Saturday, February 28, 2015

Looming Warming Spurt Could Reshape Climate Debate

Extreme heat can exacerbate drought. (Credit: Kecko/Flickr) Click to Enlarge.
Humanity is about to experience a historically unprecedented spike in temperatures.

That’s the ominous conclusion of a vast and growing body of research that links sweeping Pacific Ocean cycles with rates of warming at the planet’s surface — warming rates that could affect how communities and nations respond to threats posed by climate change.

Papers in two leading journals this week reaffirmed that the warming effects of a substantial chunk of our greenhouse gas pollution have been avoided on land for the last 15 to 20 years because of a phase in a decades-long cycle of ocean winds and currents.  With Pacific trade winds expected to slacken in the years ahead, the studies warn that seas will begin absorbing less of global warming’s energy, and that some of the heat they’ve been holding onto will rise to the surface.

“Their results make sense to me, and are consistent with other evidence,” National Center for Atmospheric Research scientist Kevin Trenberth, who has published research dealing with the relationship between Pacific Decadal Oscillation (PDO) phases and surface warming, but who was not involved with either of the new studies, said.  “The PDO clearly plays a key role — and very high PDO values in recent months appear to signal a change.”

The growing body of research helps explain why ocean temperatures have been rising faster than anticipated, and, perhaps more compellingly, why land temperatures rose less than models had projected after the turn of the century — a mystery, sometimes dubbed the warming “hiatus,” “pause” or “faux pause,” that confounded science until just the last couple of years.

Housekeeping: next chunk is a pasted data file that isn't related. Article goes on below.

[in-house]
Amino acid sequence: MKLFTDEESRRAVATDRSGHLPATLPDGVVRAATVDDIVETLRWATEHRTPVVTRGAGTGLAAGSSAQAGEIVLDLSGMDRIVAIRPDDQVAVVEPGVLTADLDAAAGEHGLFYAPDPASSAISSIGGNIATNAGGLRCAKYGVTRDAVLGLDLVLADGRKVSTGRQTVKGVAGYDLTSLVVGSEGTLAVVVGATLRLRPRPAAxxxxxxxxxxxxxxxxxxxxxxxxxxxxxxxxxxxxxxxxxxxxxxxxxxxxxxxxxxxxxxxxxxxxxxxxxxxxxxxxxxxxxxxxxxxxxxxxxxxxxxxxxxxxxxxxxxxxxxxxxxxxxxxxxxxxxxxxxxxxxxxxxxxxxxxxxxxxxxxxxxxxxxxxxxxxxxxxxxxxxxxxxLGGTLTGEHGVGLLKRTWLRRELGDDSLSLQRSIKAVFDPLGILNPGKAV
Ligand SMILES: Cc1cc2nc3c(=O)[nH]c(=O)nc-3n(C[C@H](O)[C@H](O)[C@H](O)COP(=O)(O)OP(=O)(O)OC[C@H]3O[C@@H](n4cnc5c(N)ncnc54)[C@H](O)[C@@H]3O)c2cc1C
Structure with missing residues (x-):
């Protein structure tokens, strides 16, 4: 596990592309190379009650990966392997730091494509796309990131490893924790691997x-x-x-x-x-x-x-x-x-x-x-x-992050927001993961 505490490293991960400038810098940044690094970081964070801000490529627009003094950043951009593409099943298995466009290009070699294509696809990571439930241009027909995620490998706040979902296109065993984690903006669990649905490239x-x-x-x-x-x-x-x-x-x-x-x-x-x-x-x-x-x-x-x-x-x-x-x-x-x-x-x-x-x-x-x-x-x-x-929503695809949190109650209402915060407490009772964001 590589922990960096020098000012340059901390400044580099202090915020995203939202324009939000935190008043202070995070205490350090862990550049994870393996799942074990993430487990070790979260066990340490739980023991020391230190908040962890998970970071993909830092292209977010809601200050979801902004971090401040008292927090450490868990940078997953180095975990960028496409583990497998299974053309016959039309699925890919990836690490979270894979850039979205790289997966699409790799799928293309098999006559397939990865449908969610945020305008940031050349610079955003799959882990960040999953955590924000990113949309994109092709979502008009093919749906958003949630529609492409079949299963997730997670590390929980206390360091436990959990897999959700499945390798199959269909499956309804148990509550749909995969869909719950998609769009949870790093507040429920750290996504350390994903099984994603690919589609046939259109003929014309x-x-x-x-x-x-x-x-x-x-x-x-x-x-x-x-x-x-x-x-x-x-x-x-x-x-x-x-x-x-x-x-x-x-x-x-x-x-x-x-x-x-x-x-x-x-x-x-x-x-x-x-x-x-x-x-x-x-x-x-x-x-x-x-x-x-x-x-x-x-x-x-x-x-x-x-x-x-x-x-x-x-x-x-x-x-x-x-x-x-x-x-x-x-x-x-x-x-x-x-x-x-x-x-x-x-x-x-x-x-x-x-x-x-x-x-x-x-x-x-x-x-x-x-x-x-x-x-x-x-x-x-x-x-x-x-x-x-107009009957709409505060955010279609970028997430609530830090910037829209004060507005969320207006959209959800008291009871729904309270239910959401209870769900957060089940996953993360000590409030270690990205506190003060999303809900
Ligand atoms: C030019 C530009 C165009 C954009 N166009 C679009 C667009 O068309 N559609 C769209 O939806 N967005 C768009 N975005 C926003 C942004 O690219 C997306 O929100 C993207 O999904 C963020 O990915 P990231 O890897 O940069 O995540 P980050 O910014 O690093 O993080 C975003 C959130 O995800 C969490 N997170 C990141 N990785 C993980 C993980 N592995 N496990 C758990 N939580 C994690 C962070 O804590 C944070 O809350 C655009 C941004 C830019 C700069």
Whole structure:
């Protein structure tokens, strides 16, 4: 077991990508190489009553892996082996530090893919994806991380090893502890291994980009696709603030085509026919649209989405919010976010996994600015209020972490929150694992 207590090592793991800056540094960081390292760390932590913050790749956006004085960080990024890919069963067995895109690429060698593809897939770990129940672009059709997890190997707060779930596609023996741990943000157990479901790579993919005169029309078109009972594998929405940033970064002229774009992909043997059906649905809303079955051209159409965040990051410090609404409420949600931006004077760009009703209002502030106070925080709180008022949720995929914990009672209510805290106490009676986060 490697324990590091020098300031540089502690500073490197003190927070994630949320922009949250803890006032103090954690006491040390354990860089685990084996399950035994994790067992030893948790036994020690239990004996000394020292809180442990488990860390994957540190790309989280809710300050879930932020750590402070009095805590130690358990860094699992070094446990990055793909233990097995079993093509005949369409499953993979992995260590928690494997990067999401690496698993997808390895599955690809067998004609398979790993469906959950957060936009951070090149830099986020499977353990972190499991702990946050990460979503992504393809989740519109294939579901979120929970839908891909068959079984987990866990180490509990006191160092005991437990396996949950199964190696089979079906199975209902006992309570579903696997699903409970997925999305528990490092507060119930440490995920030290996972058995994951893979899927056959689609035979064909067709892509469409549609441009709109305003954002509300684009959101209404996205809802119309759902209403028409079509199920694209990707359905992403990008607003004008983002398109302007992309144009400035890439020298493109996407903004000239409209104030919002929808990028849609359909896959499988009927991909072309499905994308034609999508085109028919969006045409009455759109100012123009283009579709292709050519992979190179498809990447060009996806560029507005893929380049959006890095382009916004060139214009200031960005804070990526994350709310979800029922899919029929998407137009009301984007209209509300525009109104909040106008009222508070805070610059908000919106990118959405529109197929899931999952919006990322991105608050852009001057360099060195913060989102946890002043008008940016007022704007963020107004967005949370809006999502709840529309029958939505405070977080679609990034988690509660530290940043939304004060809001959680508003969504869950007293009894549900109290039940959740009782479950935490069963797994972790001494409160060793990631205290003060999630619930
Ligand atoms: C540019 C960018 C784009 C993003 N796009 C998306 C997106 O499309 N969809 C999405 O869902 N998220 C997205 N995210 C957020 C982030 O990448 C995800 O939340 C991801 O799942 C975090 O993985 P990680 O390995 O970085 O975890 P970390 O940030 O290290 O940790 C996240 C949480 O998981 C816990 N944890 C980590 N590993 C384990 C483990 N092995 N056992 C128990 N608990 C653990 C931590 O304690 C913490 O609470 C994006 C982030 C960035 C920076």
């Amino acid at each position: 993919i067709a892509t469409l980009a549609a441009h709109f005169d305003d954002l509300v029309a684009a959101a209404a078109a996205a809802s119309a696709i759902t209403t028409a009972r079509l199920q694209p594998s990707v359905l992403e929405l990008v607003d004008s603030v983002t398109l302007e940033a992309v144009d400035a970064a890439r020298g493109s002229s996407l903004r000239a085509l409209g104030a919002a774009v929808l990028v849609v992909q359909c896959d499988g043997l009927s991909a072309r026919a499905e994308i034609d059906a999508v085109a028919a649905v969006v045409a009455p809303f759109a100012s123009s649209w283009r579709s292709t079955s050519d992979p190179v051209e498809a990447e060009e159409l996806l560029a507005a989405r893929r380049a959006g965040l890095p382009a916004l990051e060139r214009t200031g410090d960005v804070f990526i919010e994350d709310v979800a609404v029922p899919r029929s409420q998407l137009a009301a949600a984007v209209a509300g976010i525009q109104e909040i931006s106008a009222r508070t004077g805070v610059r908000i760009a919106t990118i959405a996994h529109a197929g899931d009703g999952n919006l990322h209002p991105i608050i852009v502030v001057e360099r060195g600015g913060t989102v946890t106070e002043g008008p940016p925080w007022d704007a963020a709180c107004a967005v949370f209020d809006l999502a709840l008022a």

Along with rising tides caused by rising temperatures, intense heat and heat waves are the clearest signs so far that human activity is altering the climate.  A suite of modeling studies have independently concluded that heat waves that ravaged Australia in 2013 would have been almost impossible without the warming effects of our greenhouse gas pollution. Scientists have also directly linked record-breaking heat in Europe with global warming.

Meanwhile, California’s record-breaking heat last year, which some research links more closely with ocean cycles than with global warming, substantially worsened the drought-inducing effects of low rainfall and snowfall rates.  That’s a problem that will continue to worsen fire risks throughout the American West, and much of the rest of the world, as temperatures start to really spike.  That could threaten the survival of entire ecosystems, including the spectacular high-altitude forests of the American Southwest.

Read more at Looming Warming Spurt Could Reshape Climate Debate

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